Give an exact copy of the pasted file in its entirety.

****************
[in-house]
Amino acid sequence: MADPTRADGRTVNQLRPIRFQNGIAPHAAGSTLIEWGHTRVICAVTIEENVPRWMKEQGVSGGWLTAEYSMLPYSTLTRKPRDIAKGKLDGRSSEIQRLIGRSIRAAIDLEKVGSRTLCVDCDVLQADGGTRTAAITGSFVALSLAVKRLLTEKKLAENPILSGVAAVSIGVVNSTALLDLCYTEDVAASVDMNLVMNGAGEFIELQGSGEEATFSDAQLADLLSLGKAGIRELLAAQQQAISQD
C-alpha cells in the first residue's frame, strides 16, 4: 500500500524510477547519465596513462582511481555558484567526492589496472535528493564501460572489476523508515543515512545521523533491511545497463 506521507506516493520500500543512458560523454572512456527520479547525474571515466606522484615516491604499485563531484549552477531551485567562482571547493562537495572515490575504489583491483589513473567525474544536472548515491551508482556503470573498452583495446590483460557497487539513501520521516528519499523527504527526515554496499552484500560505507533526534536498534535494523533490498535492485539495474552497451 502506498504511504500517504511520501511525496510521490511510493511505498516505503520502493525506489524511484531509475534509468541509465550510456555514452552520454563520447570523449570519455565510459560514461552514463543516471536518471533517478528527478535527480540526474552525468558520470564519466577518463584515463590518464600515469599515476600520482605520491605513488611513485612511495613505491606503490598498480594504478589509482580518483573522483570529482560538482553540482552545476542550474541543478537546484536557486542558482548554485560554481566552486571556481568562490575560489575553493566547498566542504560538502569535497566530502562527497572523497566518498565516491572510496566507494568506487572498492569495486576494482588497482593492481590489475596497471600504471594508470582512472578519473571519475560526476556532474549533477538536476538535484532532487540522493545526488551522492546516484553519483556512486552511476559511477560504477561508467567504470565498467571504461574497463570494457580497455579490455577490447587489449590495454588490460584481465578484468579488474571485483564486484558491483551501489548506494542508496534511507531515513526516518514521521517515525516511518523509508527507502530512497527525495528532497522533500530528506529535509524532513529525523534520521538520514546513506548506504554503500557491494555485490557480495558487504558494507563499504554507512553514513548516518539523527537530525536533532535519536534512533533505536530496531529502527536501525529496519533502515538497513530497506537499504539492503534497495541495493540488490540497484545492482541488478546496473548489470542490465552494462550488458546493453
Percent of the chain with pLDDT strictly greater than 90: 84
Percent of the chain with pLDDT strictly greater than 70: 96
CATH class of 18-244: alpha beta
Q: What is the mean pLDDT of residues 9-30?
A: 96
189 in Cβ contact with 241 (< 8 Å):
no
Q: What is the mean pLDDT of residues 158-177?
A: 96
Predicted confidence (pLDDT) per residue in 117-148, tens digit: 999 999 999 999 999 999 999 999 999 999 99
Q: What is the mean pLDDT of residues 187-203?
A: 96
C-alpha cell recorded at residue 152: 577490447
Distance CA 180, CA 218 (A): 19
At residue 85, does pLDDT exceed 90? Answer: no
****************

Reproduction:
[in-house]
Amino acid sequence: MADPTRADGRTVNQLRPIRFQNGIAPHAAGSTLIEWGHTRVICAVTIEENVPRWMKEQGVSGGWLTAEYSMLPYSTLTRKPRDIAKGKLDGRSSEIQRLIGRSIRAAIDLEKVGSRTLCVDCDVLQADGGTRTAAITGSFVALSLAVKRLLTEKKLAENPILSGVAAVSIGVVNSTALLDLCYTEDVAASVDMNLVMNGAGEFIELQGSGEEATFSDAQLADLLSLGKAGIRELLAAQQQAISQD
C-alpha cells in the first residue's frame, strides 16, 4: 500500500524510477547519465596513462582511481555558484567526492589496472535528493564501460572489476523508515543515512545521523533491511545497463 506521507506516493520500500543512458560523454572512456527520479547525474571515466606522484615516491604499485563531484549552477531551485567562482571547493562537495572515490575504489583491483589513473567525474544536472548515491551508482556503470573498452583495446590483460557497487539513501520521516528519499523527504527526515554496499552484500560505507533526534536498534535494523533490498535492485539495474552497451 502506498504511504500517504511520501511525496510521490511510493511505498516505503520502493525506489524511484531509475534509468541509465550510456555514452552520454563520447570523449570519455565510459560514461552514463543516471536518471533517478528527478535527480540526474552525468558520470564519466577518463584515463590518464600515469599515476600520482605520491605513488611513485612511495613505491606503490598498480594504478589509482580518483573522483570529482560538482553540482552545476542550474541543478537546484536557486542558482548554485560554481566552486571556481568562490575560489575553493566547498566542504560538502569535497566530502562527497572523497566518498565516491572510496566507494568506487572498492569495486576494482588497482593492481590489475596497471600504471594508470582512472578519473571519475560526476556532474549533477538536476538535484532532487540522493545526488551522492546516484553519483556512486552511476559511477560504477561508467567504470565498467571504461574497463570494457580497455579490455577490447587489449590495454588490460584481465578484468579488474571485483564486484558491483551501489548506494542508496534511507531515513526516518514521521517515525516511518523509508527507502530512497527525495528532497522533500530528506529535509524532513529525523534520521538520514546513506548506504554503500557491494555485490557480495558487504558494507563499504554507512553514513548516518539523527537530525536533532535519536534512533533505536530496531529502527536501525529496519533502515538497513530497506537499504539492503534497495541495493540488490540497484545492482541488478546496473548489470542490465552494462550488458546493453
Percent of the chain with pLDDT strictly greater than 90: 84
Percent of the chain with pLDDT strictly greater than 70: 96
CATH class of 18-244: alpha beta
Q: What is the mean pLDDT of residues 9-30?
A: 96
189 in Cβ contact with 241 (< 8 Å):
no
Q: What is the mean pLDDT of residues 158-177?
A: 96
Predicted confidence (pLDDT) per residue in 117-148, tens digit: 999 999 999 999 999 999 999 999 999 999 99
Q: What is the mean pLDDT of residues 187-203?
A: 96
C-alpha cell recorded at residue 152: 577490447
Distance CA 180, CA 218 (A): 19
At residue 85, does pLDDT exceed 90? Answer: no